November 4, 2016
When building your event budget, it’s important to remember vendor gratuity that may be expected on your Wedding Day. Generally speaking, a vendor that provides a service should be provided with gratuity, especially if you’re extremely pleased with the service you have received. If a vendor is the owner of their small business, gratuities are usually not expected although, they’re always welcome if you are happy with your experience. Here is a guideline for gratuities:
Vendors where gratuities are expected:
- Setup/Delivery Staff – $10 – $20 per person (rentals, baker, misc. deliveries)
- Hair stylist and makeup artist – 15 -20% (similar to how you would tip at the salon)
- Musicians (Ceremony & Band) – $25 – $50 per person for a band; $50 – $150 for a DJ
- Officiant – normally a donation (of about $100) to their house of worship is best
- Onsite Venue Manager / Catering Manager – $250 – $500
- Transportation – 15%-20% of trip provided to the driver (unless built into contract)
- Valets – $1 – $2 per car (if you’re providing gratuity, ask valets not to accept tips from guests)
- Photographer & Videographer – if your photographer/videographer is not the owner of the studio, consider tipping $50 – $250 ($100-$200 for the main vendor; $50-$75 for second shooter). If the vendor is the small business owner, it isn’t necessary to tip them.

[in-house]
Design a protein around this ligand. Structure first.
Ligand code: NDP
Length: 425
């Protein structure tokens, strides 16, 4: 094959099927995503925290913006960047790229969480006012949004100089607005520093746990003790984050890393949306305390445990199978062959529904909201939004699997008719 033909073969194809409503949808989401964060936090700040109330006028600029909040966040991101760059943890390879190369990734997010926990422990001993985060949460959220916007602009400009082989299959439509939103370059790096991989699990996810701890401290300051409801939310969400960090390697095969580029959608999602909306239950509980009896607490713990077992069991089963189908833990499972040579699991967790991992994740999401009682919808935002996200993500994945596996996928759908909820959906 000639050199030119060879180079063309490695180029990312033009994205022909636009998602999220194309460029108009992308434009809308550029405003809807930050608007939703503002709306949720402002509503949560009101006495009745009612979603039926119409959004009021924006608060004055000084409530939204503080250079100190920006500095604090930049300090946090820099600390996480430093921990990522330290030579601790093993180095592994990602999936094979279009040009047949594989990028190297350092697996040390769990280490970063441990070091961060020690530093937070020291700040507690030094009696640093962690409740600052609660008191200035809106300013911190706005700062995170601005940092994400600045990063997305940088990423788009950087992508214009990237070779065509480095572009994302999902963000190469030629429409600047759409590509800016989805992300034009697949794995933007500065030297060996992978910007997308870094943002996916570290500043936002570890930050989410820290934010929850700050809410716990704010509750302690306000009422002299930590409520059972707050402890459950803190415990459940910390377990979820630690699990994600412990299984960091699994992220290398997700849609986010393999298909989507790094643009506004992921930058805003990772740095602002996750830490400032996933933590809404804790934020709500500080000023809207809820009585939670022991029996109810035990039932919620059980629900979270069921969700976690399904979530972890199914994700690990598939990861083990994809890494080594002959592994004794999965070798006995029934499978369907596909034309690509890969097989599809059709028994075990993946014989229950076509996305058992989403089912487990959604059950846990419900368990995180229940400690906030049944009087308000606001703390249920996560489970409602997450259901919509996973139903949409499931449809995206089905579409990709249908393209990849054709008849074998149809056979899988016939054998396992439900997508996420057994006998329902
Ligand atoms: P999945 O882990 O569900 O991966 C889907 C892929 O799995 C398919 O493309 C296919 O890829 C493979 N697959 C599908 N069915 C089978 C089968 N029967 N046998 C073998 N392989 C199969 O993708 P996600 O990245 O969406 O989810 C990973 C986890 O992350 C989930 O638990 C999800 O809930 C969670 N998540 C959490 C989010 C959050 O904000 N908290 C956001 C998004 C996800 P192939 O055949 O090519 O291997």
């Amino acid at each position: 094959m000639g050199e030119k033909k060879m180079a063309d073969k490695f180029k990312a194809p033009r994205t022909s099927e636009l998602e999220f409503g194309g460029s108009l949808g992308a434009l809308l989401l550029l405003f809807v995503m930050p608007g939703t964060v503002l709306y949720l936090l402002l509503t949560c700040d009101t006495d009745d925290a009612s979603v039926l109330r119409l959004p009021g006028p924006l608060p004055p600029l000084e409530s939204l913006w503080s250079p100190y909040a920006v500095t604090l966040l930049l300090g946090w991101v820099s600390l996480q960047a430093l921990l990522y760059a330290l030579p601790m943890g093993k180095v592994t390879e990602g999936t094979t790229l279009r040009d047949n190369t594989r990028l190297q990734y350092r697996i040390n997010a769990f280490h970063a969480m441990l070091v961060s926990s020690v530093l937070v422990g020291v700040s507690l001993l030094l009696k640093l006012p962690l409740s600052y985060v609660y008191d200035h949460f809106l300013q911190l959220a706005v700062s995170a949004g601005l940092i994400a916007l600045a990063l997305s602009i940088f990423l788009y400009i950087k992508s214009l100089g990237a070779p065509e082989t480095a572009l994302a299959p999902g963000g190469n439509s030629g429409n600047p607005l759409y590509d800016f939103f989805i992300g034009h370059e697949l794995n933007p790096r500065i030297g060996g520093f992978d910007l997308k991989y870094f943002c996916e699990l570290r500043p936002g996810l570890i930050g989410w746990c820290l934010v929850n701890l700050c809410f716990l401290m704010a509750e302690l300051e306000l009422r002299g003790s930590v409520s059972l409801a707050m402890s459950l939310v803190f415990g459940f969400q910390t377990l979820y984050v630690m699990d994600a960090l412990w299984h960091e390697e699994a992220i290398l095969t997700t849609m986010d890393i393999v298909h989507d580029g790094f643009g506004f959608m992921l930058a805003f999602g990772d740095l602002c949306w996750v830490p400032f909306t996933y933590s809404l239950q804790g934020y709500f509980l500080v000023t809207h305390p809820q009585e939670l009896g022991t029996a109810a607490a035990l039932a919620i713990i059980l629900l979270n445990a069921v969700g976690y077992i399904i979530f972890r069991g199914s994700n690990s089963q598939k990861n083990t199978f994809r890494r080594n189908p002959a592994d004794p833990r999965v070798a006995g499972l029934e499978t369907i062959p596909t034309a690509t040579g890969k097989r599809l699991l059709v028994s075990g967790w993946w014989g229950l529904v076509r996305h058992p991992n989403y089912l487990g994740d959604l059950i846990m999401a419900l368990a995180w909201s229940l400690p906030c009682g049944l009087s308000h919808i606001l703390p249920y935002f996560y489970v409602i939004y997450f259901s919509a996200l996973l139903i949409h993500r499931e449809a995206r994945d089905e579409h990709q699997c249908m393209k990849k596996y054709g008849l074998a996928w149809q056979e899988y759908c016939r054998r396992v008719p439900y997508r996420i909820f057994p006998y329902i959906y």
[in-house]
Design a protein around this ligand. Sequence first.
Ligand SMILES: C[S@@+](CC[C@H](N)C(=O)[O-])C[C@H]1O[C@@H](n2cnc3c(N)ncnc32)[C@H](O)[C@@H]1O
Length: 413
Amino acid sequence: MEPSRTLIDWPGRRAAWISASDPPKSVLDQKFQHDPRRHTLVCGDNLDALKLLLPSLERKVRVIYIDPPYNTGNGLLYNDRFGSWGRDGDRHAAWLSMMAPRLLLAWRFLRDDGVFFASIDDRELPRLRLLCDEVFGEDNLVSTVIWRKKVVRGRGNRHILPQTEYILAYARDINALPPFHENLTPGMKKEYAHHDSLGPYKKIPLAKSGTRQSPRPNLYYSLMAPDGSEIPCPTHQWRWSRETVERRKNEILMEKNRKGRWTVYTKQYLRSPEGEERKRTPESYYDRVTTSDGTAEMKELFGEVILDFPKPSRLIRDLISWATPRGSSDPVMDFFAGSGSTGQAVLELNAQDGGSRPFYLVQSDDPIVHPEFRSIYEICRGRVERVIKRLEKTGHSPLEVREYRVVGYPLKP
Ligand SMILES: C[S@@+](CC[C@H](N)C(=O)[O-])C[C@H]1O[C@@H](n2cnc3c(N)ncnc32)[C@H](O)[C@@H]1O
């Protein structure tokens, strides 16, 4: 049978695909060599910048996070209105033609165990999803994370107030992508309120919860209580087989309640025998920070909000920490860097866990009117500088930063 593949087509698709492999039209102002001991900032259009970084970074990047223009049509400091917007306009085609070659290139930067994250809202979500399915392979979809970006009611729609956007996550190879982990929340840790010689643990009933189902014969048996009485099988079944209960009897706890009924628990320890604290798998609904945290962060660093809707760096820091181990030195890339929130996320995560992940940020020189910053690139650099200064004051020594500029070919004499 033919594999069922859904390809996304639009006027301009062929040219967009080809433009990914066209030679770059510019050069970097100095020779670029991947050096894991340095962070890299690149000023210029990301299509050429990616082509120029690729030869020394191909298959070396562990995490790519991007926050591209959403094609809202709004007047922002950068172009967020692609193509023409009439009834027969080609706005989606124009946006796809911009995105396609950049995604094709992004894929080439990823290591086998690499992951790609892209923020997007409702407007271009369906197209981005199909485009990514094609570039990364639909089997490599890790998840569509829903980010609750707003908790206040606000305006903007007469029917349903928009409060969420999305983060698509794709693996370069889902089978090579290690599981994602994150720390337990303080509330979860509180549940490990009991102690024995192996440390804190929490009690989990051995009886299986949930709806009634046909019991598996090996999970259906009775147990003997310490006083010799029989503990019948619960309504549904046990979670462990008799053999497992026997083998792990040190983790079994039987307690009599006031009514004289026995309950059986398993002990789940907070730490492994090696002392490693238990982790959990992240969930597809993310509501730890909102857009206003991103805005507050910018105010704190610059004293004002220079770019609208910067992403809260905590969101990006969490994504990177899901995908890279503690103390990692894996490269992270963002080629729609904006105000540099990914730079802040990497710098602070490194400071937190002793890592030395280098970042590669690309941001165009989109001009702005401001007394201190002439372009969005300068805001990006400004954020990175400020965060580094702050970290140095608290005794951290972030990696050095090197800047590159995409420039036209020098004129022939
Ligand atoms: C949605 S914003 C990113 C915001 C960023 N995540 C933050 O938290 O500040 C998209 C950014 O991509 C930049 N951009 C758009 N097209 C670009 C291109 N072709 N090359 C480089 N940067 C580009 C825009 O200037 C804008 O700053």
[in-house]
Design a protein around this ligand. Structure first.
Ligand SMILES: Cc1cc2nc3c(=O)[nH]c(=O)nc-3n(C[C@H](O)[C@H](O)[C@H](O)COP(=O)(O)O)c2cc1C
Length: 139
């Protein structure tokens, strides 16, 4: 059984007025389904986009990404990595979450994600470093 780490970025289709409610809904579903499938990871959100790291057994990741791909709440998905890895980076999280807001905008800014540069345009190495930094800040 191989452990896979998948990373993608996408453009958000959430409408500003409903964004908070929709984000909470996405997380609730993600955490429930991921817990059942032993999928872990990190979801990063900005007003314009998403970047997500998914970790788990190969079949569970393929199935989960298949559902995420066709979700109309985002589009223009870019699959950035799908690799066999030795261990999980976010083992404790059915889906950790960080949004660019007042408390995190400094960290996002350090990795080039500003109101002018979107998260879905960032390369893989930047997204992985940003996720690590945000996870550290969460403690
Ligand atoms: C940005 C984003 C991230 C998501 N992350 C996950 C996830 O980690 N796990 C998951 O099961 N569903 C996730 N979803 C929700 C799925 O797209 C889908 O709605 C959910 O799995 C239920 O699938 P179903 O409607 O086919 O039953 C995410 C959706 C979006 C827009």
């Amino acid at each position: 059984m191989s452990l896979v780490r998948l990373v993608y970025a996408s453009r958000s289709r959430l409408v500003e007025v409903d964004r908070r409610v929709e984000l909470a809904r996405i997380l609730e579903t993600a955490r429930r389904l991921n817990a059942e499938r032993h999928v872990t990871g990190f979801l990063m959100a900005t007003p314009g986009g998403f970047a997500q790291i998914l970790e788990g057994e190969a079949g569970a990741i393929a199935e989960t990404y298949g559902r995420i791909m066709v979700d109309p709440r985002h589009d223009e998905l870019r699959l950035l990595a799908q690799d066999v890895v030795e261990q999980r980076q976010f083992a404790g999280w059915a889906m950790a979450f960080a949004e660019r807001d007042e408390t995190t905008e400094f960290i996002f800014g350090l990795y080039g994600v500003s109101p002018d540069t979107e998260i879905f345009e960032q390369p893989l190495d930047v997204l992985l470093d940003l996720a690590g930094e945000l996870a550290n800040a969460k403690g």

Based on the reception venue contract, there might be a service & gratuity fee built in that would cover the onsite manager, waitstaff, bartenders, and attendants. If you’ve experienced exceptional service, you may want to provide additional gratuity to staff such as your event manager and bridal attendant. If you do not have this built into your contract, budget about 15% of pretax food bill for the catering manager to distribute to waitstaff. An additional 10-15% of the pretax bar bill should be provided to the bartenders after the event – if this is the case, ask them not to put a tip jar on the bar. For your event/catering manager, provide them a gratuity of $250 – $500.
Your Wedding Planner can be responsible for distribution of vendor gratuity on your behalf during the wedding so you don’t have to worry about it. If you become close with your vendors, an alternative could be to give them a small, meaningful gift. Regardless, if you work with great vendors and you’ve enjoyed your experience, it’s always nice to give them a little nod of thanks.
If you have questions about vendor gratuities or related etiquette questions, please let me know! email@example.com